Why is anyone else’s health my $$ responsibility? If I CHOOSE to help/care for others I can.(and do)
Socialized medicine/Universal healthcare is not right for America because it conflicts with this countries founding principles, NOT because it “dosen’t work” in Canda or elsewhere. Universal coverage contributes to a “non-working” class. Societies work when EVERYONE is contributing.(Motivations change over the course of life.) Through those contibrutions there is abundance and the ability to take care of the less “fortunate”. These issues need to be handle at local and state levels. How did the world/US get so populated without Universal Healthcare? Most of the arguements are based on “I am sick, but I still want that car/vacation/_____.” or “Hey how do I get some of that for me/us.” Life is pay as you go and you should be saving for a rainy day and stop coveting your neighbors “savings”.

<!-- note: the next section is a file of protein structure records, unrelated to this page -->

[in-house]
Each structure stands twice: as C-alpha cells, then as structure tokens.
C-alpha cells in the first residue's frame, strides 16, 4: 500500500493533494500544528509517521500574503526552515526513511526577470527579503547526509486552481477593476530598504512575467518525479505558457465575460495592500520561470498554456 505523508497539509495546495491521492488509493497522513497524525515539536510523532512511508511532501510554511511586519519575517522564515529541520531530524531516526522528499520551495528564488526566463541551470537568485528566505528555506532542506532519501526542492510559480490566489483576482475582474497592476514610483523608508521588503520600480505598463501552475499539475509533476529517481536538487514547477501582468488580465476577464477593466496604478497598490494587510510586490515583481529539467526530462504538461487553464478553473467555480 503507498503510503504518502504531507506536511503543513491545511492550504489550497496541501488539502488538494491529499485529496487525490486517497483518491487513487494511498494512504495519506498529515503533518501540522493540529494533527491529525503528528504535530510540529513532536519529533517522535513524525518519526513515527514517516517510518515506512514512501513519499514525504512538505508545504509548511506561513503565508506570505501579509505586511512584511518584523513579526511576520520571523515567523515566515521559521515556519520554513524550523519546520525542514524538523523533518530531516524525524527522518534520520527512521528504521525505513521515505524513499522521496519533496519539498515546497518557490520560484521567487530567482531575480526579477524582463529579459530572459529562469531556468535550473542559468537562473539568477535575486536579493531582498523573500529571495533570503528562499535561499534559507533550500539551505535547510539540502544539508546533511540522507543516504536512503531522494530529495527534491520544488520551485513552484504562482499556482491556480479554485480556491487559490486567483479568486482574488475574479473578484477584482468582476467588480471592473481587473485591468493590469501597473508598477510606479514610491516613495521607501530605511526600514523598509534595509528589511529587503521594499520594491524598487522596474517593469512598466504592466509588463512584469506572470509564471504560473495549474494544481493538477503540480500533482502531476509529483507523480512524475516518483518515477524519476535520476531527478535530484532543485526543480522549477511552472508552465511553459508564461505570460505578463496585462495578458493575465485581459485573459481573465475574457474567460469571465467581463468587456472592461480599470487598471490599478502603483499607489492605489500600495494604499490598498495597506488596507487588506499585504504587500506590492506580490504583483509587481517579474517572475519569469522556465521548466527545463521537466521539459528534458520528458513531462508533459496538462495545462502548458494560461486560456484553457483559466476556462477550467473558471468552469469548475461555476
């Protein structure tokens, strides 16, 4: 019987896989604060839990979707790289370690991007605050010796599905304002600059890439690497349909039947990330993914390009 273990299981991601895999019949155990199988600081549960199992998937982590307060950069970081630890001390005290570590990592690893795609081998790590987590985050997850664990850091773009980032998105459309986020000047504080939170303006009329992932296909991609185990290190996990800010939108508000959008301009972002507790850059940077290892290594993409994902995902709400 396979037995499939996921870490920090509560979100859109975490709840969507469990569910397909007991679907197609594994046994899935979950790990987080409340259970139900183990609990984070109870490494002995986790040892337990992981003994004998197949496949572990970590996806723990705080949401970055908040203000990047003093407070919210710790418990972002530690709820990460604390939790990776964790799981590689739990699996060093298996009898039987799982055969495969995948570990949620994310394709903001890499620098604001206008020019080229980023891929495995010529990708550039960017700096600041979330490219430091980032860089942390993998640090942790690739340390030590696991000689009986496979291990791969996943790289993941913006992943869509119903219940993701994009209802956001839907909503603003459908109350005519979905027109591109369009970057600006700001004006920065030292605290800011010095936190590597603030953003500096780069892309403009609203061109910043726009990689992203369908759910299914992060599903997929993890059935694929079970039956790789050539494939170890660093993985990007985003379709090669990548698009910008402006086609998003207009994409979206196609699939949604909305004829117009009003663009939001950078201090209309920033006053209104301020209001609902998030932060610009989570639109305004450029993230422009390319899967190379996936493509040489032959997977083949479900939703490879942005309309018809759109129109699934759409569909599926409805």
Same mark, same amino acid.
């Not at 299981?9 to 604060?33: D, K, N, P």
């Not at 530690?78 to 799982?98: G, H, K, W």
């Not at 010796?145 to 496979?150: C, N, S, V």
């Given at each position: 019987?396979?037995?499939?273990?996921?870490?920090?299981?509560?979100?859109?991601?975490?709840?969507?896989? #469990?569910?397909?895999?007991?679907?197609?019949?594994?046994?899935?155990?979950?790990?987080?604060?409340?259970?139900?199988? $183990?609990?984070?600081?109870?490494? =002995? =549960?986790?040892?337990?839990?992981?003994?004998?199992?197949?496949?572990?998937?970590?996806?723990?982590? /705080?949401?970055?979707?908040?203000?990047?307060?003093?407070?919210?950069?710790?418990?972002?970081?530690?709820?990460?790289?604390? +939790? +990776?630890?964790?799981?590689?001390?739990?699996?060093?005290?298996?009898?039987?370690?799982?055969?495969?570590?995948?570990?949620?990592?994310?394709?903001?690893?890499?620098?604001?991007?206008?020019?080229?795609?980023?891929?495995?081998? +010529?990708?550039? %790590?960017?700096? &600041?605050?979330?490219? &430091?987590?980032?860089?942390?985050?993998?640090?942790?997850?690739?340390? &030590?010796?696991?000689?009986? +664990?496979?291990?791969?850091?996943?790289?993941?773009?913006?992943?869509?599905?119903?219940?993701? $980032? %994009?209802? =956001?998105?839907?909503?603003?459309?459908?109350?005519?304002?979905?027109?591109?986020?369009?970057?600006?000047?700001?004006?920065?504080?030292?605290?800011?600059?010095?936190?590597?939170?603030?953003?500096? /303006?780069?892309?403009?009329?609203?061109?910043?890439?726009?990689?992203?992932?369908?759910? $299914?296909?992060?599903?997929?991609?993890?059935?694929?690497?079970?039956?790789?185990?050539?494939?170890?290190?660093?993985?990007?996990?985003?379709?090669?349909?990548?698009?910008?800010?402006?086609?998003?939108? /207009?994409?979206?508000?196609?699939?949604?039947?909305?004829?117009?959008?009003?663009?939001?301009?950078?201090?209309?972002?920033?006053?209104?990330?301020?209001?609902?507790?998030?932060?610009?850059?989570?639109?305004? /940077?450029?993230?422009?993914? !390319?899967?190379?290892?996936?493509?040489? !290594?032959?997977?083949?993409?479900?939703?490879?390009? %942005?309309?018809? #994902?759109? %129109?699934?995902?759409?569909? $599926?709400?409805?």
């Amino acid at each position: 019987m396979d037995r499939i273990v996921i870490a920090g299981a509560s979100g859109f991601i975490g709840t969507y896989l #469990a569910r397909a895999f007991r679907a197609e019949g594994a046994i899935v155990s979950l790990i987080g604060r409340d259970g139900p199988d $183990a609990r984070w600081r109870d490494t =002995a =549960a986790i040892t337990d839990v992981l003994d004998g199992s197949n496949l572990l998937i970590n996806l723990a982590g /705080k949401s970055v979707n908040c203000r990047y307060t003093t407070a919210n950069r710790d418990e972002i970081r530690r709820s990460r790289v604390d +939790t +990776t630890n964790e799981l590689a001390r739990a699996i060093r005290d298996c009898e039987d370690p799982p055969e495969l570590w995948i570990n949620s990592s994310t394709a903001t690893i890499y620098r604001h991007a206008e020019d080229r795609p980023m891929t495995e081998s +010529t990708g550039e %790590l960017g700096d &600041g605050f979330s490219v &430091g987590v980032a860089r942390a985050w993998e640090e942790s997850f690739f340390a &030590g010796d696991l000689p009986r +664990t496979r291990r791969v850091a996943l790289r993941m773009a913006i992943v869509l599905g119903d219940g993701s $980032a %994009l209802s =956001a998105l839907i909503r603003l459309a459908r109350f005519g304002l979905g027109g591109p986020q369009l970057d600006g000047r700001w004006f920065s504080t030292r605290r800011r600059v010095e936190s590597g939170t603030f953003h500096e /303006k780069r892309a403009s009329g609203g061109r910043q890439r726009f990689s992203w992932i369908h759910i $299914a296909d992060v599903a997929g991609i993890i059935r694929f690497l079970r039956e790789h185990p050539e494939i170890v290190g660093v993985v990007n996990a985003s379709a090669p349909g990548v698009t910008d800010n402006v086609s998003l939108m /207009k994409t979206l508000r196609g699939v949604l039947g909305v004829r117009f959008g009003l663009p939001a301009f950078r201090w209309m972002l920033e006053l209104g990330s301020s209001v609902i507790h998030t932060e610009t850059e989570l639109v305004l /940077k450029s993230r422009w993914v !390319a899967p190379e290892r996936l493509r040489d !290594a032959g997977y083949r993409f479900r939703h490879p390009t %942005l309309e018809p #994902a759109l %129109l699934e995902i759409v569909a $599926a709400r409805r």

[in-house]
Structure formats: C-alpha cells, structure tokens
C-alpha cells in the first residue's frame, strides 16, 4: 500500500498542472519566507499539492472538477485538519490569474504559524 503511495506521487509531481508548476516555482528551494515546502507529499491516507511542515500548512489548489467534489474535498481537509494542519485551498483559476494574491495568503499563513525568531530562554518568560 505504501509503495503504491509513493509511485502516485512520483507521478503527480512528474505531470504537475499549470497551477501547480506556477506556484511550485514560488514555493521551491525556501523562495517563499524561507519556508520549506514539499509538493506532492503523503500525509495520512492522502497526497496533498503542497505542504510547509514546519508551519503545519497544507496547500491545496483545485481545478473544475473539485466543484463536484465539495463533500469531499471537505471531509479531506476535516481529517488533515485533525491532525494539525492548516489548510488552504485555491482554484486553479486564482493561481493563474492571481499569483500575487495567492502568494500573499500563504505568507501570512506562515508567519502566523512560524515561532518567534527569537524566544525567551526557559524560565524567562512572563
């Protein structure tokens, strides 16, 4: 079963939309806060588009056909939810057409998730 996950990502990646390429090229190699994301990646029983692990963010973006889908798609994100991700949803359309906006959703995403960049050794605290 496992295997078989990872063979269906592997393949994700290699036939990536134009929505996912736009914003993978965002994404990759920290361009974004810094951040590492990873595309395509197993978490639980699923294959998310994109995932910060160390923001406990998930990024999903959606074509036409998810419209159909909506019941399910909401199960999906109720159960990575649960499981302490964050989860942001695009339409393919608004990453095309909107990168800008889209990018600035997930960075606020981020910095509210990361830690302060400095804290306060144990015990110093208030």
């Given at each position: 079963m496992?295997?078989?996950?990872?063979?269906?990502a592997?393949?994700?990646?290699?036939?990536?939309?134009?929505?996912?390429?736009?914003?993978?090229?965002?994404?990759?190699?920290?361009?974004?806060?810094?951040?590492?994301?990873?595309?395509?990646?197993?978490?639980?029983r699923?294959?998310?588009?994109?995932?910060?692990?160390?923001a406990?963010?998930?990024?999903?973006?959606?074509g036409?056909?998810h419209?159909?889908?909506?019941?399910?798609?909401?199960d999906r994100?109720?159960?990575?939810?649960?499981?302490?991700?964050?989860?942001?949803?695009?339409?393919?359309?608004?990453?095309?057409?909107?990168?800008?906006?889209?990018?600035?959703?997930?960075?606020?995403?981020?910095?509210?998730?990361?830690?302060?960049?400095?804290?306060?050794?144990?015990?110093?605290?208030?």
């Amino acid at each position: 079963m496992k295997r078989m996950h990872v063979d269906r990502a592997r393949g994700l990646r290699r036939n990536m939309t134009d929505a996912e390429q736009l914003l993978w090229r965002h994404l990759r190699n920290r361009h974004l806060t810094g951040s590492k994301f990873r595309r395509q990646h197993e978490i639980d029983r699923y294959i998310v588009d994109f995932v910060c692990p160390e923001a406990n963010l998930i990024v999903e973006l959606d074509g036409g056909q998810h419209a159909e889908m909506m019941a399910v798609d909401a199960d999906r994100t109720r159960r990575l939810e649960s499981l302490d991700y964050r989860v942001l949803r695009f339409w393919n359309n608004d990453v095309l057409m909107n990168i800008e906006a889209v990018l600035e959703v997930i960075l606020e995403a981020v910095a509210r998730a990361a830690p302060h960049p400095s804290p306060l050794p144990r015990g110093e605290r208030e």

Healthcare, insurance, welfare, etc. are in dire need of attention. It doesn’t matter what we do if more people don’t start participating in responsible intelligent ways. C~
Hi! I know this is kinda off topic but I was wondering if you knew
where I could locate a captcha plugin for my comment
form? I’m using the same blog platform as yours and I’m
having trouble finding one? Thanks a lot!
Pingback: important site
Pingback: french bulldog puppies for sale
Pingback: this hyperlink
Pingback: iphone 5
Pingback: hack cheats tool
Pingback: Timescales For Contesting a Will in the UK
Pingback: the best SEO consultant
Pingback: comment enlever les point noir
Pingback: Click here to check out inbox blueprint
Pingback: 1st Plumbing services
Pingback: Plumbers austin
Pingback: have a peek here
Pingback: jubirev team
Pingback: Orlando Lawyers
Pingback: Recommended Site
Pingback: Click Here
Pingback: electricians that spam in melbourne
Pingback: orlando Villas
Pingback: watch the video
Pingback: Payday Loans Online
Pingback: Torrance Mortgage Loan, San Pedro Mortgage Loans, Rolling Hills Mortgage Loans, Manhattan Beach Mortgage Loans, Redondo Beach Mortgage Loans, San Pedro Real Estate, Rolling Hills Real Estate, Redondo Beach Real Estate, Manhattan Beach Real Estate